Payday Loans
Ian Ogilvy

  1. Michael York, The Taming of the Shrew, 1966.     The two would-be Lucentios - and their potential Biancas - flew to Rome together to test for Zeffirelli. "I think we all realised that the impending trial could alter at least one of our lives," York commented. "After dining - and especially wining - we agreed with sporting, if hypocritical, largesse that as we all liked each other so much it didn't matter who won the roles... Such bullshit! [Laugh]. You know how anxious you always are as an actor, and how cruel this business is, and the audition process is something you never put behind you.” Ogilvy later succeeded Roger Moore as TV's Saint and disappeared into lacklustre series Americana.
  2. George Lazenby, On Her Majesty's Secret Service, 1969.
  3. Roger Moore, For Your Eyes Only, 1981.
  4. Nicholas Ball, Lifeforce, 1984.
  5. Peter Firth, Lifeforce, 1984.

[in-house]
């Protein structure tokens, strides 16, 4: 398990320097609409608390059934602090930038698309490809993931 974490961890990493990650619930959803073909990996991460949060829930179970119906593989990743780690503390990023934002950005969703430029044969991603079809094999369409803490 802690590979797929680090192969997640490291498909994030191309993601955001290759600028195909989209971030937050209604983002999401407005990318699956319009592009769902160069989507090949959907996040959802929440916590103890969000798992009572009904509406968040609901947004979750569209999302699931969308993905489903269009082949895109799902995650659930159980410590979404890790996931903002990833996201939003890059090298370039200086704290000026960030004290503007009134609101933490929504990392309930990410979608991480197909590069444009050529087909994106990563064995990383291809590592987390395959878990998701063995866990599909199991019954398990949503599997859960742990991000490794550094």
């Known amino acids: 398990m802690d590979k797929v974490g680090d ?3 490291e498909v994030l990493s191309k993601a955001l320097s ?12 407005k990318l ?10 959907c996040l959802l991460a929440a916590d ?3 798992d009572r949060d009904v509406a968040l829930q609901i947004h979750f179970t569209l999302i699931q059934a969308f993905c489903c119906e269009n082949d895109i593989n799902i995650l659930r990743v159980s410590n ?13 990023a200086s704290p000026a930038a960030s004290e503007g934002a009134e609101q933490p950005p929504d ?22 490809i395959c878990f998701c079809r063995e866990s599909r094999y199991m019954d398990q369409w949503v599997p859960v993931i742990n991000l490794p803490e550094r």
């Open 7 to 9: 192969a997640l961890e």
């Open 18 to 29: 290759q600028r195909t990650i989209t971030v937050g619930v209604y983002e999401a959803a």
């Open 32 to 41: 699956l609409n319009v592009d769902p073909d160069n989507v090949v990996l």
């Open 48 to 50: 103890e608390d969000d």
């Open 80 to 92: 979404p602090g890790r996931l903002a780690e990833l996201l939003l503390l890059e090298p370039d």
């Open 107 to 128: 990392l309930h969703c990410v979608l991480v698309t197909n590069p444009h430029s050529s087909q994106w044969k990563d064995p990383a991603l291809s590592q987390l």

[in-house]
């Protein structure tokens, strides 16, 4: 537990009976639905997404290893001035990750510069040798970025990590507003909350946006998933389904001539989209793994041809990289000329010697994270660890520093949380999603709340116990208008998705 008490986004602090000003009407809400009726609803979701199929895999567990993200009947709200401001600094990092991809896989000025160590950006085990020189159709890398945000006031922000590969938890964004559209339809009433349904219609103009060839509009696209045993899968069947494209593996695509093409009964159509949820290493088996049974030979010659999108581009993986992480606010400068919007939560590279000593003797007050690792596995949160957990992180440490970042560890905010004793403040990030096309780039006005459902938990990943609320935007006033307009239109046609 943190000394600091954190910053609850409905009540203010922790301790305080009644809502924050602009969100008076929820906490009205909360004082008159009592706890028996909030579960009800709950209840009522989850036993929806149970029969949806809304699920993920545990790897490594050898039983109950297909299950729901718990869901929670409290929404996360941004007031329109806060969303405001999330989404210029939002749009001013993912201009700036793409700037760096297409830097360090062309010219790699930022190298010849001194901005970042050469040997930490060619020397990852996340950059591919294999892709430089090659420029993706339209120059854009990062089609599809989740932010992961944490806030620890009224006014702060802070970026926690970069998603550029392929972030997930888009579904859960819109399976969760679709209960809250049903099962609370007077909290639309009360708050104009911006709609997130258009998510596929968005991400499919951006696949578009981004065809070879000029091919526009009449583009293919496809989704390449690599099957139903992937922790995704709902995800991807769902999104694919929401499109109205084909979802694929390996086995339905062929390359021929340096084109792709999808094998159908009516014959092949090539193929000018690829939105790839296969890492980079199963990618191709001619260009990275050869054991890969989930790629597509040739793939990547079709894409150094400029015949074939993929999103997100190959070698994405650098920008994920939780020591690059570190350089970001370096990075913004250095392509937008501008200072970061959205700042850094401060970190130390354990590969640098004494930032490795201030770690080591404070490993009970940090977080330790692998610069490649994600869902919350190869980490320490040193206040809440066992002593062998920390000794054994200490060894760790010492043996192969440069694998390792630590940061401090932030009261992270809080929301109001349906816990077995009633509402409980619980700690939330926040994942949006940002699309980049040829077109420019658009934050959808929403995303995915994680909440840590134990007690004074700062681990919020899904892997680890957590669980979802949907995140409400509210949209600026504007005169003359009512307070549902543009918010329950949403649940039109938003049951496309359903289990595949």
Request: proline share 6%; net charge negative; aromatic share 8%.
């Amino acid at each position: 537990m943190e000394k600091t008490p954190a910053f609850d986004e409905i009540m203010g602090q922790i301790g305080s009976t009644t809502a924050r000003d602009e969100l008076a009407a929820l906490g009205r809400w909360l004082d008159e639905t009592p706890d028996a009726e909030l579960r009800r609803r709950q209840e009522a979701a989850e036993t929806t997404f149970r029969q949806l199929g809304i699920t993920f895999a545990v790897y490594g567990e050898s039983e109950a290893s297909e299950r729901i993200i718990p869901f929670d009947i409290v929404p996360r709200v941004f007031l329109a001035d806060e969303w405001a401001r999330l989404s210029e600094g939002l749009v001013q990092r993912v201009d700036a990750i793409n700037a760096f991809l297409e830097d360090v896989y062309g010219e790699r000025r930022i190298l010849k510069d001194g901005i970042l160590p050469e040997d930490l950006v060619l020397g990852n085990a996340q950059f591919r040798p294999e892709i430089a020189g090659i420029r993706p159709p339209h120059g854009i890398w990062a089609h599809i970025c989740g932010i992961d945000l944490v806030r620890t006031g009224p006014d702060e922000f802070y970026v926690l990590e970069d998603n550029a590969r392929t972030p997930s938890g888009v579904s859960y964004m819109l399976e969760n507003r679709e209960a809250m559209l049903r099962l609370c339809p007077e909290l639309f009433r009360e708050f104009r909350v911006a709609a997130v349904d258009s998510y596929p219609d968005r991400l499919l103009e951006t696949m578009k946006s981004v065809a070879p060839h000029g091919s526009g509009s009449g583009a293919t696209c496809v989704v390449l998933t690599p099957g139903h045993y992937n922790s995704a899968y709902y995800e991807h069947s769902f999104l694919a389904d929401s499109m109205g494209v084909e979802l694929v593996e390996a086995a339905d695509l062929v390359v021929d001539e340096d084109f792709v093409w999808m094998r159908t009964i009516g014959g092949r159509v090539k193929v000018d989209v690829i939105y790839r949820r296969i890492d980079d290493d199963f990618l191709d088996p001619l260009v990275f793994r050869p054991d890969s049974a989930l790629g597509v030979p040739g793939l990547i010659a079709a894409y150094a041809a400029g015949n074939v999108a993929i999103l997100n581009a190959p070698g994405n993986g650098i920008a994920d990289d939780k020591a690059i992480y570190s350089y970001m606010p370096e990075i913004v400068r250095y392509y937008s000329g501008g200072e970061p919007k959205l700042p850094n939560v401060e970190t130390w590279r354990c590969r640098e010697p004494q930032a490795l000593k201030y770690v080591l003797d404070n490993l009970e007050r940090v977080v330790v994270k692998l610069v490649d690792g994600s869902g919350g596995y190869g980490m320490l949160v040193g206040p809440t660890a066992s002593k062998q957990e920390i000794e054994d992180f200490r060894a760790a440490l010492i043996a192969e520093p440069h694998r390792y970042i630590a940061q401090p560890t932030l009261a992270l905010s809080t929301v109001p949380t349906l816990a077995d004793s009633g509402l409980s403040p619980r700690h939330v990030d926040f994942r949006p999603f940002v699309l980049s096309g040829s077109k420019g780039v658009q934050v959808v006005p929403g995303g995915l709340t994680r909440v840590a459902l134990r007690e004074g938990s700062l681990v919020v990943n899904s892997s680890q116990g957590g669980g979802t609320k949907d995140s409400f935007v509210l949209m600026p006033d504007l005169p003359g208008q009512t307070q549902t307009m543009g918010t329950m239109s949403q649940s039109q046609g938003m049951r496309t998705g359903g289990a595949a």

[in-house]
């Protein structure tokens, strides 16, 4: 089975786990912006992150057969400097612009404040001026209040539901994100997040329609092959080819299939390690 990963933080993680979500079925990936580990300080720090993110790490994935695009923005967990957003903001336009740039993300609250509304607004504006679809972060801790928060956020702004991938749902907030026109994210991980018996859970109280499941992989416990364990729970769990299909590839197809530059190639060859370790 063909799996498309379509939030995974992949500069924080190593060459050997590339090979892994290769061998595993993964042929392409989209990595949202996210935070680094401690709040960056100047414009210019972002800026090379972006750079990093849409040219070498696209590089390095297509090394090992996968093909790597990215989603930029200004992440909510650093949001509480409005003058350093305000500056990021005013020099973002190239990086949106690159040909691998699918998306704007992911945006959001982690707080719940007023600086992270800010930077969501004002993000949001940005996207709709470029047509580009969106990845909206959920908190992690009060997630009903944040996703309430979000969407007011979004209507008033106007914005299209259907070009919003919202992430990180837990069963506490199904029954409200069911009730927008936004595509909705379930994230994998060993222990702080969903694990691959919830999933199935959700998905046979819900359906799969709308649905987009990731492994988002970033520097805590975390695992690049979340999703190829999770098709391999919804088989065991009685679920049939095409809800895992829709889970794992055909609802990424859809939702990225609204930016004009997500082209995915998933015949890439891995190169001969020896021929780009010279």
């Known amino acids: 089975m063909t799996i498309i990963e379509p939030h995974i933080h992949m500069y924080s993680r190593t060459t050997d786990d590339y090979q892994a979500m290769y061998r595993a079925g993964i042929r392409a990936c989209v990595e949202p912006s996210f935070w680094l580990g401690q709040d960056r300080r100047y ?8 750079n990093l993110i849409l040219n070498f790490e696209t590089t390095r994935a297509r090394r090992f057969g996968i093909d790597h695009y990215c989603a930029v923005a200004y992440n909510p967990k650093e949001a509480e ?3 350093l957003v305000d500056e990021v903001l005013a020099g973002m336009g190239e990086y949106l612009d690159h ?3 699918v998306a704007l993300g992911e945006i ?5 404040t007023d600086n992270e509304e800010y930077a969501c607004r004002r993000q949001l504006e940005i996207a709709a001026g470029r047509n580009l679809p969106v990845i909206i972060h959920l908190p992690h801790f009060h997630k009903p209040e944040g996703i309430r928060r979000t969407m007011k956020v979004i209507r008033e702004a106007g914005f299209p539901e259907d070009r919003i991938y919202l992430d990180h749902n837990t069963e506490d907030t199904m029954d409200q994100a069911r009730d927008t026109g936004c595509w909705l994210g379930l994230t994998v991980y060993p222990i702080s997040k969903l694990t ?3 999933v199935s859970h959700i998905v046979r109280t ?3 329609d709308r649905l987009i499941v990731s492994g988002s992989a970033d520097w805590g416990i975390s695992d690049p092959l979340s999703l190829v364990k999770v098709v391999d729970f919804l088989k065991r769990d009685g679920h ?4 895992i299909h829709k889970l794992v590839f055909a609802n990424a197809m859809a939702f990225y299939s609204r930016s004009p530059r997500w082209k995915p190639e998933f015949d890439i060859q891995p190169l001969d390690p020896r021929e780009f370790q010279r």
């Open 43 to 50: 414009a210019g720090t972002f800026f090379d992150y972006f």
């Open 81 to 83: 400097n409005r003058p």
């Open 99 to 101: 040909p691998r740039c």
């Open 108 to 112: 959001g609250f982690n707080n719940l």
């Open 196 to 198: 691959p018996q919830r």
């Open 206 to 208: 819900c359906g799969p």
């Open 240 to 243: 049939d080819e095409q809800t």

6. Michael Jayston, Doctor Who #143: The Trial of a Time Lord, 1986.      Seen for the Prosecutor, an “intermediate” future incarnation of the Doctor known as the Valeyard. Doc6 Colin Baker being tried by the High Council of Time Lords on their home planet of Gallifrey - for breaking several rules including interference with outside worlds and… genocide. Inspired by A Christmas Carol, the 14-episode past-present-future arc lasted the entire Season 23.At this juncture, the franchise was as much on trial as The Doctor.
  7. Simon Williams, Doctor Who #148: Remembrance Of The Daleks, TV, 1988.     Despite the importance of the show - the 25th anniversary season opener -   eleven actors passed on Group Captain Gilmore. Ogilvy, Tom Adams, Nicholas Ball, Tom Chadbon, Michael Cochrane, Lewis Collins, Del Henney, Tim Pigott-Smith, Neil Stacy, Simon Ward and James Warwick. Enter: Williams, aka James Bellamy in Upstairs, Downstairs, the Downton Abbey of its day - TV, 1971-1975. Despite 106 screen credits, Ogilvy never entered the Whoverse - but managed achapter of Hollywood’s Babylon 5 in 1998.





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